13 July 2011

Author Interview: Jemma Forte

Author Jemma Forte is back this year with her second novel From London With Love, and a great one it is too. I'll be reviewing it on the site this afternoon, but until then, have a read of this interview Jemma kindly offered to do with me! I had the chance to ask her a few questions about her new book, and about herself too, so get to know a bit about Jemma, and come back soon to read my review of From London With Love! Enjoy!

Q1. Please tell us briefly about your new book 'From London With Love'.

From London with Love is about Jessica Granger, whose father, actor Edward Granger played the part of James Bond back in the 80's. Her mother was famous Bond girl Heavenly Melons so Jessica has grown up in the shadow of her parent's celebrity. Desperate for independence and the freedom to figure out what it is she wants to do with her life, away from people's pre conceptions, she leaves LA and comes to London. It's not long before she finds a job as an assistant at the BBC and falls for Paul, a writer on the show. However, life soon starts to grow rather complicated for Jessica.

Q2. The book is about living a secret life in a new place - where did you get this idea from, and is Jessica Granger/Bender based on anyone in real life?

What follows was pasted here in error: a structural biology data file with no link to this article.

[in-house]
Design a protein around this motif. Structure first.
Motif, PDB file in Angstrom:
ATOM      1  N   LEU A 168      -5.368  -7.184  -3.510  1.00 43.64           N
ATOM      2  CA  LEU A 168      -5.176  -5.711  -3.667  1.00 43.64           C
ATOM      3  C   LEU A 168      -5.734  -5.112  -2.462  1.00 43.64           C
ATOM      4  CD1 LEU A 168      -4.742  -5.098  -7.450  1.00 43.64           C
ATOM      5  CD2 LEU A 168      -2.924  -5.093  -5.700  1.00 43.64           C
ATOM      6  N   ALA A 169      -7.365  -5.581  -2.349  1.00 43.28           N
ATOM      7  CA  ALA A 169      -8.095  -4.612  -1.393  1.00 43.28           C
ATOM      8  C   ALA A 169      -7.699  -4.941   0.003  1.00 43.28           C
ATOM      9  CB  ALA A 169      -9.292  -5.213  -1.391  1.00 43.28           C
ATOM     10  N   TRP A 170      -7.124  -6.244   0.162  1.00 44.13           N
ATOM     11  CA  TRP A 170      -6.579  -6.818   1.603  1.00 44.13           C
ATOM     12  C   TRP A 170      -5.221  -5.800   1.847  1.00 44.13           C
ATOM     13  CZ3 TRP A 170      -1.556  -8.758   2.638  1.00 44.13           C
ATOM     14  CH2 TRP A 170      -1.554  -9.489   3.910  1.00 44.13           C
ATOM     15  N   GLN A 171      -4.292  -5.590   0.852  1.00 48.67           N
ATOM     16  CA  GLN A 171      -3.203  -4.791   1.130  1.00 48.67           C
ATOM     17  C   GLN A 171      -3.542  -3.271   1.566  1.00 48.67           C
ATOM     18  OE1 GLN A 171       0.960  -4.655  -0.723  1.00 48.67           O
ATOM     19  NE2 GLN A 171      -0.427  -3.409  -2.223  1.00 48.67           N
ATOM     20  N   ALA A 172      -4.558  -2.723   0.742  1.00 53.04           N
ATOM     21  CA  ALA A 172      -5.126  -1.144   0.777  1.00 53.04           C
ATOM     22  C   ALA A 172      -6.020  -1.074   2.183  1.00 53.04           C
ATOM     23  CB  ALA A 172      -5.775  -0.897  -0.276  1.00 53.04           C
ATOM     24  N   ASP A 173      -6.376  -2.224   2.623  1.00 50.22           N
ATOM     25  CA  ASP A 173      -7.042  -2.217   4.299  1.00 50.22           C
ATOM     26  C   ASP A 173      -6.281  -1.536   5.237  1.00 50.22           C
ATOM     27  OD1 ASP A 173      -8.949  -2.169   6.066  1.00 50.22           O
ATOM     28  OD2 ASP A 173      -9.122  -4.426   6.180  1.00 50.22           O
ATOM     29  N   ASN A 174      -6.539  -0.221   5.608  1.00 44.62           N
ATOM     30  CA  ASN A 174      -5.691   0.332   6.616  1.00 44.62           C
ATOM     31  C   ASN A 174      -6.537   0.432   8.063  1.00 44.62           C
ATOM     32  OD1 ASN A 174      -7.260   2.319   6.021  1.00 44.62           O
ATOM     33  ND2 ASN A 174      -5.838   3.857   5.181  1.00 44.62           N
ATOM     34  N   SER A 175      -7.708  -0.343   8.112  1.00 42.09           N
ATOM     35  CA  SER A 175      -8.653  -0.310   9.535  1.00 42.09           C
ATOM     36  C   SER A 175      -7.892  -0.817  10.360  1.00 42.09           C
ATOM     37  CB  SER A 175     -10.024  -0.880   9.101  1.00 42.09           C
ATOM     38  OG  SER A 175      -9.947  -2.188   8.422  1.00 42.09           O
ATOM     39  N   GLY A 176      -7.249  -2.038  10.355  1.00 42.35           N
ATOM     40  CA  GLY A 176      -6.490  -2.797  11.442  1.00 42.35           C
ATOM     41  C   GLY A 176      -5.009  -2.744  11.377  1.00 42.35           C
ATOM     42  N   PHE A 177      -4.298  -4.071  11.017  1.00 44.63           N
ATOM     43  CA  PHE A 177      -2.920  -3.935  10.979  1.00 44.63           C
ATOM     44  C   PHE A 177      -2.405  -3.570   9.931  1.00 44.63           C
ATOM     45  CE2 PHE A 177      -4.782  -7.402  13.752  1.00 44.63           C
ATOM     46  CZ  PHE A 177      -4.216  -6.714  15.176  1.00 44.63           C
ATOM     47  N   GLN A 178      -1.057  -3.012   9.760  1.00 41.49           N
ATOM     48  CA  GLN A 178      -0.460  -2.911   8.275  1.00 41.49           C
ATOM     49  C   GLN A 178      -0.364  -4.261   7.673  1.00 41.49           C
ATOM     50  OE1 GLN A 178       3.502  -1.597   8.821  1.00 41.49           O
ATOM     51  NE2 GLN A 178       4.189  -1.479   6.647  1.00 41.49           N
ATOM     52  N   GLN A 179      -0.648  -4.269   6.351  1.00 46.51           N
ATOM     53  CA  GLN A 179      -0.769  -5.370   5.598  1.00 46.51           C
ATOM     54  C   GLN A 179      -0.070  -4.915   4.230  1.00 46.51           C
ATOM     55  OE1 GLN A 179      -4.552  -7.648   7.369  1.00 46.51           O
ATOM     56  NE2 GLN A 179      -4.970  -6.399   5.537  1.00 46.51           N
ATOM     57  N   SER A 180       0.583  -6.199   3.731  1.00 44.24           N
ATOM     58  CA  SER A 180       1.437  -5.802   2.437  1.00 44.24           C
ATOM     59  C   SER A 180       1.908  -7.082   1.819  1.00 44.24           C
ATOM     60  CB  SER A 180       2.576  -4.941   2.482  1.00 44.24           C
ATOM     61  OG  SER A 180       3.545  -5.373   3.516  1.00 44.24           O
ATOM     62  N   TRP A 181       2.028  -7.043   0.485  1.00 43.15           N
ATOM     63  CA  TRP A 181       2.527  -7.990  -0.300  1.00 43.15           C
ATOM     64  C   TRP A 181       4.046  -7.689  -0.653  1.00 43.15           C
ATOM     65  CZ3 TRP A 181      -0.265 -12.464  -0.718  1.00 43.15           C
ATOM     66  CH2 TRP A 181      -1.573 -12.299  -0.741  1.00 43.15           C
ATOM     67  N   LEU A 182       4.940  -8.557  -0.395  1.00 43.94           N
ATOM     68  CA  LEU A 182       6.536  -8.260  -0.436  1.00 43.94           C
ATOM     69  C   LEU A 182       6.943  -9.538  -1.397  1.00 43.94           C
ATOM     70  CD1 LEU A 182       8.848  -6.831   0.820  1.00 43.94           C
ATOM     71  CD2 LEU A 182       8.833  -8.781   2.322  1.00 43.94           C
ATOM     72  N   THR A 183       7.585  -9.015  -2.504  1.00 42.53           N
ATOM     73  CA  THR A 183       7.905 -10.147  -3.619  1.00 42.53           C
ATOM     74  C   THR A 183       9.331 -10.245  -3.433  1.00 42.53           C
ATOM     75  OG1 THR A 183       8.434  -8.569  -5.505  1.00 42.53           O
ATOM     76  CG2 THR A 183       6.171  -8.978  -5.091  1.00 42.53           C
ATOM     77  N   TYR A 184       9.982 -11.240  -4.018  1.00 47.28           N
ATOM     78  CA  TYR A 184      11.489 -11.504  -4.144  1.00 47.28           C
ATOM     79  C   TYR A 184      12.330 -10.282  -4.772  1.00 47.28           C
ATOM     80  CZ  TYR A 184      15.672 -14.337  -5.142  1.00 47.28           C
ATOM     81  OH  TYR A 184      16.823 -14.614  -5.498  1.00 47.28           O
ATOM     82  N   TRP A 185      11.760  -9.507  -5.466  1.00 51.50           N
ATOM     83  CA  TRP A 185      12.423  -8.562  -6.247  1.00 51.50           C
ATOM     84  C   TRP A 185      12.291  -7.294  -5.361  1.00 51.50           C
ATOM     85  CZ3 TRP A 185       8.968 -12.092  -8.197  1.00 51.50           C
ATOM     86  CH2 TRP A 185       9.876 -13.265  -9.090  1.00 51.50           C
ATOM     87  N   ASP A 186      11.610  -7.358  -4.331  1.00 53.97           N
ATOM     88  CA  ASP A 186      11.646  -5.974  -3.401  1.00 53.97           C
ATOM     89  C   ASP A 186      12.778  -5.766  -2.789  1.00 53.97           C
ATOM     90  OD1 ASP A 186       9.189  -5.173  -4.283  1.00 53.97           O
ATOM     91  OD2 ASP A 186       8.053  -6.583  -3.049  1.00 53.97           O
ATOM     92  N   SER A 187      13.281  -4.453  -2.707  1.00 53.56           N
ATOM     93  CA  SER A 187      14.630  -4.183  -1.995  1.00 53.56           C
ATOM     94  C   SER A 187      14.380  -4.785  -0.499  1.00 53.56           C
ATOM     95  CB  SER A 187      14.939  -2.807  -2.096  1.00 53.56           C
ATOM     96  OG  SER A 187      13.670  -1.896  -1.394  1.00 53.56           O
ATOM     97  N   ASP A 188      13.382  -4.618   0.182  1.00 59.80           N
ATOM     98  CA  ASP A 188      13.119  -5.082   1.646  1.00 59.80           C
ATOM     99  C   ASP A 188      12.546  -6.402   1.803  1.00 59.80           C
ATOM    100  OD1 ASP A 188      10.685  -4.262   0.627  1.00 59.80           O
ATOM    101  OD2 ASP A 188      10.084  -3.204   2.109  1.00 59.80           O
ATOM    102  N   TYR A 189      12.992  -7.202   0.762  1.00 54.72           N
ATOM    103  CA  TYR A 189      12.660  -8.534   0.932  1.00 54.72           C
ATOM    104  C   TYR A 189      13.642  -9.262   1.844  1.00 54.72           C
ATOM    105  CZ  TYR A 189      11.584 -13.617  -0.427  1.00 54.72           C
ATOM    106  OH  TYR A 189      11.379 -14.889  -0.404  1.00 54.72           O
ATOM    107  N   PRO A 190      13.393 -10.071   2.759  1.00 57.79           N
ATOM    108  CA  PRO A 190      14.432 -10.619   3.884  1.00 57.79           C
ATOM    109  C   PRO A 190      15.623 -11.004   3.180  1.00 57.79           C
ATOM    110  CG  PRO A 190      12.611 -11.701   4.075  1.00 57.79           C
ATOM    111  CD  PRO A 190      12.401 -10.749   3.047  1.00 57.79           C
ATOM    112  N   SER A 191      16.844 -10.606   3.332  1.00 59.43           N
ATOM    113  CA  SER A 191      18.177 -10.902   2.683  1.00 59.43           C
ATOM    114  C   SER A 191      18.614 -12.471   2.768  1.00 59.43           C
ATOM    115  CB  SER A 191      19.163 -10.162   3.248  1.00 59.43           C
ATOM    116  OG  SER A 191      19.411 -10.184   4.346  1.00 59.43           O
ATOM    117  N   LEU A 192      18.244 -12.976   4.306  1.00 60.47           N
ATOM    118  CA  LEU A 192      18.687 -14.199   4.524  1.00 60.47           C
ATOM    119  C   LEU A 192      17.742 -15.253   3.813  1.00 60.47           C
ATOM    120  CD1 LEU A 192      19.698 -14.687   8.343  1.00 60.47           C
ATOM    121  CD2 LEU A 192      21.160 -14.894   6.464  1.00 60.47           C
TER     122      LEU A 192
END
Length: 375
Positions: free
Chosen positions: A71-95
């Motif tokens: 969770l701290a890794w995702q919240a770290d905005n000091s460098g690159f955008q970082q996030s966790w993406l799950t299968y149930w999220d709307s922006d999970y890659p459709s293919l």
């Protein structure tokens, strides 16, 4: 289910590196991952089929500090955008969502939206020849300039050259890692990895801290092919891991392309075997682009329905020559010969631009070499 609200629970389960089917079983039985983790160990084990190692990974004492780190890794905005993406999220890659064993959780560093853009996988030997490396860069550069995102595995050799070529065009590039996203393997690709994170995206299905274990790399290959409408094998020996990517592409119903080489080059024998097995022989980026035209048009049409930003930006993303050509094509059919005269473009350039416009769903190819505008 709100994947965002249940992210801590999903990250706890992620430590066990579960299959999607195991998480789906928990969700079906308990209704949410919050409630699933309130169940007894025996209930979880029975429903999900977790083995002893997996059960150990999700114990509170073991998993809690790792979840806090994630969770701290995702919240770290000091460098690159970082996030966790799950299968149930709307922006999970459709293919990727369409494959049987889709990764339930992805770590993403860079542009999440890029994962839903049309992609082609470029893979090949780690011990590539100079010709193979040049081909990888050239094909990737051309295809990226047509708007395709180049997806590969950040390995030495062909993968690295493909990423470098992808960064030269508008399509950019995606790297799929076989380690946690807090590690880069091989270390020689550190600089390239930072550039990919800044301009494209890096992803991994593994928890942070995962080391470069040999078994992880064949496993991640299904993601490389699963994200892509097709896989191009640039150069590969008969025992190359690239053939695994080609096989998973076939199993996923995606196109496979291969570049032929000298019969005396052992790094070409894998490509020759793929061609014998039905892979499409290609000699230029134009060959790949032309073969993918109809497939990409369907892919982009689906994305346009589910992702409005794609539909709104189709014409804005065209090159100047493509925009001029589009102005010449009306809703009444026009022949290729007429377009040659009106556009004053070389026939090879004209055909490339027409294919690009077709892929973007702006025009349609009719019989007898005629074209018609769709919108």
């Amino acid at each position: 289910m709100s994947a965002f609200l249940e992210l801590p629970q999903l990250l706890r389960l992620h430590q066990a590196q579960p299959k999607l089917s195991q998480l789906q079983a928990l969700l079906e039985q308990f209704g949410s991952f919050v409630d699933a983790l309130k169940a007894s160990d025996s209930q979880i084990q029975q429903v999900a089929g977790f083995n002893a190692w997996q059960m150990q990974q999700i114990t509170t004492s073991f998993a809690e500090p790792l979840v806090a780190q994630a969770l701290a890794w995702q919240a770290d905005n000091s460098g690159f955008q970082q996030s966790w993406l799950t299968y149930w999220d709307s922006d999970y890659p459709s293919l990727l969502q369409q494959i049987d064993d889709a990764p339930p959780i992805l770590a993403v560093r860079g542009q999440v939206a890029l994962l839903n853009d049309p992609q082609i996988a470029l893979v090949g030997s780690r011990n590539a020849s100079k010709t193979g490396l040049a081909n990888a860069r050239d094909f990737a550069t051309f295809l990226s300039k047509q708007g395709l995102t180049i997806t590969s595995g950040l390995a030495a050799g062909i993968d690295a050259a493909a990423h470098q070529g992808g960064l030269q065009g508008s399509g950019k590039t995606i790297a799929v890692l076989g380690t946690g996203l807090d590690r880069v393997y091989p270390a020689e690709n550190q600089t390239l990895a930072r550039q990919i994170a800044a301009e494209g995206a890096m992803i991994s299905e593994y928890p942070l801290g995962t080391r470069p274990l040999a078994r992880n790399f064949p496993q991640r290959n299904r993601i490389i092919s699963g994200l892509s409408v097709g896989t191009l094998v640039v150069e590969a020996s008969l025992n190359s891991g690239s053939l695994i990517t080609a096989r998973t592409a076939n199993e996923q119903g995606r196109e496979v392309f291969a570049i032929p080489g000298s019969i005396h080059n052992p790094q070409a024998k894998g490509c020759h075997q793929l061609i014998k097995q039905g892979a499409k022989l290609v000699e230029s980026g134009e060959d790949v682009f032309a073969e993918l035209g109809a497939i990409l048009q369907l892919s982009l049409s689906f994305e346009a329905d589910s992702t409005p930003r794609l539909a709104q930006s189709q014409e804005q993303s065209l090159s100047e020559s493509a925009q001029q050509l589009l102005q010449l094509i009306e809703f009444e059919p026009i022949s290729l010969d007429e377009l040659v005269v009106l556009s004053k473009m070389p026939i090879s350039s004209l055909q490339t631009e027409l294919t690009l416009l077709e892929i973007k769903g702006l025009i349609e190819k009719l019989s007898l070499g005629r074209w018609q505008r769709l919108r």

Jessica is one of my completely made up characters. I say that because there often are characters who are inspired by people I know. I've pinched her name though. My sister's called Jessica.

With regard to the idea, when pondering what to write for my second book, I thought fairly early on that it would be really interesting to explore the idea of what it would be like to have a famous parent. Would it be a help or a hindrance? Would people make assumptions about you and assume you had everything really easy? In order to make it really interesting though, I felt it was important that my heroine had no interest whatsoever in exploiting who she was. No interest in following in her parent's footsteps in the slightest. Quite the opposite in fact. When I finally thought of making the famous parent James Bond, the rest of the plot just fell into place and the book was a joy to write. It also immediately gained so much potential for comedy.

Q3. Jessica's father is famous as being a James Bond actor, and her mother as a James Bond heroine. Are you a fan of the whole James Bond franchise, and did you have to research the films a lot to write characters like this?